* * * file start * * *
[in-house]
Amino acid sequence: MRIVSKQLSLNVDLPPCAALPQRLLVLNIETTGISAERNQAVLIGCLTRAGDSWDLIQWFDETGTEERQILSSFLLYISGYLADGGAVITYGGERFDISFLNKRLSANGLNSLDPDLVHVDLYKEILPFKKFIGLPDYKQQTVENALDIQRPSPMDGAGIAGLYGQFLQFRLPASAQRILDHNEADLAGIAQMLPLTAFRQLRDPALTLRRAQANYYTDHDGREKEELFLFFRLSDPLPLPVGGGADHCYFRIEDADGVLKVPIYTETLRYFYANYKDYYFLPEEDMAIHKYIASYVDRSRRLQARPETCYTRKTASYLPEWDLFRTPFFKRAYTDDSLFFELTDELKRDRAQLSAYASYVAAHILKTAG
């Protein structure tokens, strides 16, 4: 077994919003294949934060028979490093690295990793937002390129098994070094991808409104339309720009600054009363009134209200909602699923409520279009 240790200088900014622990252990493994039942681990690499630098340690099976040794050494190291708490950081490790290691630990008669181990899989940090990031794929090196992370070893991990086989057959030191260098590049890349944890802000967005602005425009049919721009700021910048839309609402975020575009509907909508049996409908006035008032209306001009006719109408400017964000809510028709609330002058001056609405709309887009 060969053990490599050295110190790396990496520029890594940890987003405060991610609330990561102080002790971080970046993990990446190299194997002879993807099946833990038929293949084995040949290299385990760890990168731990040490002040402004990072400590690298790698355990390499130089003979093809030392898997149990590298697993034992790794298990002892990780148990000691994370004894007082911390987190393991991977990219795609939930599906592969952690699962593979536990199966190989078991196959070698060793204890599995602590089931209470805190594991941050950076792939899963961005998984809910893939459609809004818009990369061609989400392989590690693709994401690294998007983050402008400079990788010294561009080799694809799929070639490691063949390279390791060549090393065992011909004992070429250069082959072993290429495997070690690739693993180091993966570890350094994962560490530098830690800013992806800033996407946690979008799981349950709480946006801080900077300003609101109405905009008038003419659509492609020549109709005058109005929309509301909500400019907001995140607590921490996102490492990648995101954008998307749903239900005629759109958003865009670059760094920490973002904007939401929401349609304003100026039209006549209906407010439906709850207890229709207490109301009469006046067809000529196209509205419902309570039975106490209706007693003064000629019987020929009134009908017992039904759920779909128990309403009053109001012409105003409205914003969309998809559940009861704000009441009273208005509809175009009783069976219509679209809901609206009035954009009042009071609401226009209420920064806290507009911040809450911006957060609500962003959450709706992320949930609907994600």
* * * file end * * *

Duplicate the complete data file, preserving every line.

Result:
[in-house]
Amino acid sequence: MRIVSKQLSLNVDLPPCAALPQRLLVLNIETTGISAERNQAVLIGCLTRAGDSWDLIQWFDETGTEERQILSSFLLYISGYLADGGAVITYGGERFDISFLNKRLSANGLNSLDPDLVHVDLYKEILPFKKFIGLPDYKQQTVENALDIQRPSPMDGAGIAGLYGQFLQFRLPASAQRILDHNEADLAGIAQMLPLTAFRQLRDPALTLRRAQANYYTDHDGREKEELFLFFRLSDPLPLPVGGGADHCYFRIEDADGVLKVPIYTETLRYFYANYKDYYFLPEEDMAIHKYIASYVDRSRRLQARPETCYTRKTASYLPEWDLFRTPFFKRAYTDDSLFFELTDELKRDRAQLSAYASYVAAHILKTAG
């Protein structure tokens, strides 16, 4: 077994919003294949934060028979490093690295990793937002390129098994070094991808409104339309720009600054009363009134209200909602699923409520279009 240790200088900014622990252990493994039942681990690499630098340690099976040794050494190291708490950081490790290691630990008669181990899989940090990031794929090196992370070893991990086989057959030191260098590049890349944890802000967005602005425009049919721009700021910048839309609402975020575009509907909508049996409908006035008032209306001009006719109408400017964000809510028709609330002058001056609405709309887009 060969053990490599050295110190790396990496520029890594940890987003405060991610609330990561102080002790971080970046993990990446190299194997002879993807099946833990038929293949084995040949290299385990760890990168731990040490002040402004990072400590690298790698355990390499130089003979093809030392898997149990590298697993034992790794298990002892990780148990000691994370004894007082911390987190393991991977990219795609939930599906592969952690699962593979536990199966190989078991196959070698060793204890599995602590089931209470805190594991941050950076792939899963961005998984809910893939459609809004818009990369061609989400392989590690693709994401690294998007983050402008400079990788010294561009080799694809799929070639490691063949390279390791060549090393065992011909004992070429250069082959072993290429495997070690690739693993180091993966570890350094994962560490530098830690800013992806800033996407946690979008799981349950709480946006801080900077300003609101109405905009008038003419659509492609020549109709005058109005929309509301909500400019907001995140607590921490996102490492990648995101954008998307749903239900005629759109958003865009670059760094920490973002904007939401929401349609304003100026039209006549209906407010439906709850207890229709207490109301009469006046067809000529196209509205419902309570039975106490209706007693003064000629019987020929009134009908017992039904759920779909128990309403009053109001012409105003409205914003969309998809559940009861704000009441009273208005509809175009009783069976219509679209809901609206009035954009009042009071609401226009209420920064806290507009911040809450911006957060609500962003959450709706992320949930609907994600």